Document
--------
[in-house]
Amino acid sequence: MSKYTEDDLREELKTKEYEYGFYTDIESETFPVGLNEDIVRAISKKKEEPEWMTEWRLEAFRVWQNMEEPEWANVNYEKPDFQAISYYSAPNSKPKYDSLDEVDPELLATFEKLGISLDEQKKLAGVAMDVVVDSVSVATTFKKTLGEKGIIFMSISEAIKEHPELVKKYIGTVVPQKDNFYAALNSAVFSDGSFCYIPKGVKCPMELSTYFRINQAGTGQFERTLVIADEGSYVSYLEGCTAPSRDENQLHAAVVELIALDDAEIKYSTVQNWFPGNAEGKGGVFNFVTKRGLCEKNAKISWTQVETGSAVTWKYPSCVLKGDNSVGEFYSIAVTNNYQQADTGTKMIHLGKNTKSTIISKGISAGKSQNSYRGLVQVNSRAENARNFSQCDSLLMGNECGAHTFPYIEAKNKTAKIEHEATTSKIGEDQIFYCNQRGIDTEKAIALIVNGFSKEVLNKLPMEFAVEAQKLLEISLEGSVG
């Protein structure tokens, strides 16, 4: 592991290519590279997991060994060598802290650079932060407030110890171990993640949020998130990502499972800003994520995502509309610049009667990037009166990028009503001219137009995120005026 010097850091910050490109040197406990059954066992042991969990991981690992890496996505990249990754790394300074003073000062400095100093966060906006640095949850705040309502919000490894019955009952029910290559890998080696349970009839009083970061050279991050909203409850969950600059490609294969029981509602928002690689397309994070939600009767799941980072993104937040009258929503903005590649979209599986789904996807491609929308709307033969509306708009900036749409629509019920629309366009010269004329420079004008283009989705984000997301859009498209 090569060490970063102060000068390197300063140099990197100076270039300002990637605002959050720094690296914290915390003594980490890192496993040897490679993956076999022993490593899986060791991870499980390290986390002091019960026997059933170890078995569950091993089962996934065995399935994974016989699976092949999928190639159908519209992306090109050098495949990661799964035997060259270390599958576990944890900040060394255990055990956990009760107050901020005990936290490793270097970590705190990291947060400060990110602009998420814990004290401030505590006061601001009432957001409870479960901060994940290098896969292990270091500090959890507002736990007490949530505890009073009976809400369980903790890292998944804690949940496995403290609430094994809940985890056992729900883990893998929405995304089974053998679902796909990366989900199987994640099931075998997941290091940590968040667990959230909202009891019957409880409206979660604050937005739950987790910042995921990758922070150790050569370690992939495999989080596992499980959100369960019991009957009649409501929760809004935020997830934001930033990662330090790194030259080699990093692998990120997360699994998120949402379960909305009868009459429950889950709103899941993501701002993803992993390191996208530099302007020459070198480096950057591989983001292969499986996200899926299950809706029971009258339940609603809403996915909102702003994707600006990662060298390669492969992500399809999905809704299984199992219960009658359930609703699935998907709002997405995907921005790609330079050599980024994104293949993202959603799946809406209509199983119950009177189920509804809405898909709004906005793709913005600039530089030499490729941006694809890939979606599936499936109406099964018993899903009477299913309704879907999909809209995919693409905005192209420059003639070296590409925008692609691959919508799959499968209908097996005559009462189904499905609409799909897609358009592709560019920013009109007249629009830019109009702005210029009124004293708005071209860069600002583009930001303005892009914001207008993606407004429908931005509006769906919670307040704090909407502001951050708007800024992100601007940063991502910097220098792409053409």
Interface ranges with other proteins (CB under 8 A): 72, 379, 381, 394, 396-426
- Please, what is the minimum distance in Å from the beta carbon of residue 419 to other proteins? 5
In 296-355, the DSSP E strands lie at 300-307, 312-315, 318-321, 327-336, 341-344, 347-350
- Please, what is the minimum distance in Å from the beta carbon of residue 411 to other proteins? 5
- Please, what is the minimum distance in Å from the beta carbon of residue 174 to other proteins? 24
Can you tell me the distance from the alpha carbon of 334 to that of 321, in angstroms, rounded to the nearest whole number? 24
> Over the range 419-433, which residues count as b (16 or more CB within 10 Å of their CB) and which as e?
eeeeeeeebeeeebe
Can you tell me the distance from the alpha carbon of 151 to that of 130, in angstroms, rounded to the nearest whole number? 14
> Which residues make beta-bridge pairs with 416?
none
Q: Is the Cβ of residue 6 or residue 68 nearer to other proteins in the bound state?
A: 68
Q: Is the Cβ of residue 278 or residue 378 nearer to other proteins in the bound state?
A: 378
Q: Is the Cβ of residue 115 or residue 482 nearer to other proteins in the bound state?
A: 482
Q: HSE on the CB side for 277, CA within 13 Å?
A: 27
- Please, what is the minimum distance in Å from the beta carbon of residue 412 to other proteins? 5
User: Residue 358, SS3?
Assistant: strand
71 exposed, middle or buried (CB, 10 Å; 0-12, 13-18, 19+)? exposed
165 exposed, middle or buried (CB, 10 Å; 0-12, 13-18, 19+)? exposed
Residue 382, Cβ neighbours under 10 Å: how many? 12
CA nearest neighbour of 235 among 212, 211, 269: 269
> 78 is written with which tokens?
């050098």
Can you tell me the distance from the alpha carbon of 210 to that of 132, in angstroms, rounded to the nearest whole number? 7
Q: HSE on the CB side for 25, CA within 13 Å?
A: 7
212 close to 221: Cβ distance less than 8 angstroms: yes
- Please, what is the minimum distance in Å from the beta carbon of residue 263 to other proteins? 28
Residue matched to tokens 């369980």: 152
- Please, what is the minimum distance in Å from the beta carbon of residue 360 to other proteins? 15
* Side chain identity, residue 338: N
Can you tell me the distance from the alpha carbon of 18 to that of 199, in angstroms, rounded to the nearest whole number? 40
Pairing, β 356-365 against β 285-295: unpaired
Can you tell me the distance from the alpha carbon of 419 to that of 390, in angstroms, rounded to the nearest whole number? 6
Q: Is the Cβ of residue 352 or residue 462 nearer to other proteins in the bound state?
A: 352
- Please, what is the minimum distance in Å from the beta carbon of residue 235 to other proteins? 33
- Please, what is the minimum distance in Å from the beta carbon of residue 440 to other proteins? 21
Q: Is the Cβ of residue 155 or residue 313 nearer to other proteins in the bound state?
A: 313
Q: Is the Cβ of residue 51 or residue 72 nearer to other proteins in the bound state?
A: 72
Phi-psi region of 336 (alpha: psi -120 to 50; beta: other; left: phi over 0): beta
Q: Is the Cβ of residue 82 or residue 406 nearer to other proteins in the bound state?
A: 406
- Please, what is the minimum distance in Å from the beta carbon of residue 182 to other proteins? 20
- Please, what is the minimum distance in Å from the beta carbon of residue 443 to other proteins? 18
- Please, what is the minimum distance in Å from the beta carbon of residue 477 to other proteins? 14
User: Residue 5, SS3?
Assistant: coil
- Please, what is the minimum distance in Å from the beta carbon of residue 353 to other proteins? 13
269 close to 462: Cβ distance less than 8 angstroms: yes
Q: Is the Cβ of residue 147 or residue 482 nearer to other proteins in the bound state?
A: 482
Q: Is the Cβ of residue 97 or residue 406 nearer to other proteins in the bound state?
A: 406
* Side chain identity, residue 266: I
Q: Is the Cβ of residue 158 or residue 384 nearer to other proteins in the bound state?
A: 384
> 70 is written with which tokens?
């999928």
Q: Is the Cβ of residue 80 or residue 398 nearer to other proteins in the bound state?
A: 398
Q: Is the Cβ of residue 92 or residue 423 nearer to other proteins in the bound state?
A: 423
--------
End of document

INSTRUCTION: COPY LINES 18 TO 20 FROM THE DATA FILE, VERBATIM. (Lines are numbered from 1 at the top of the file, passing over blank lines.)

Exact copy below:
A: 378
Q: Is the Cβ of residue 115 or residue 482 nearer to other proteins in the bound state?
A: 482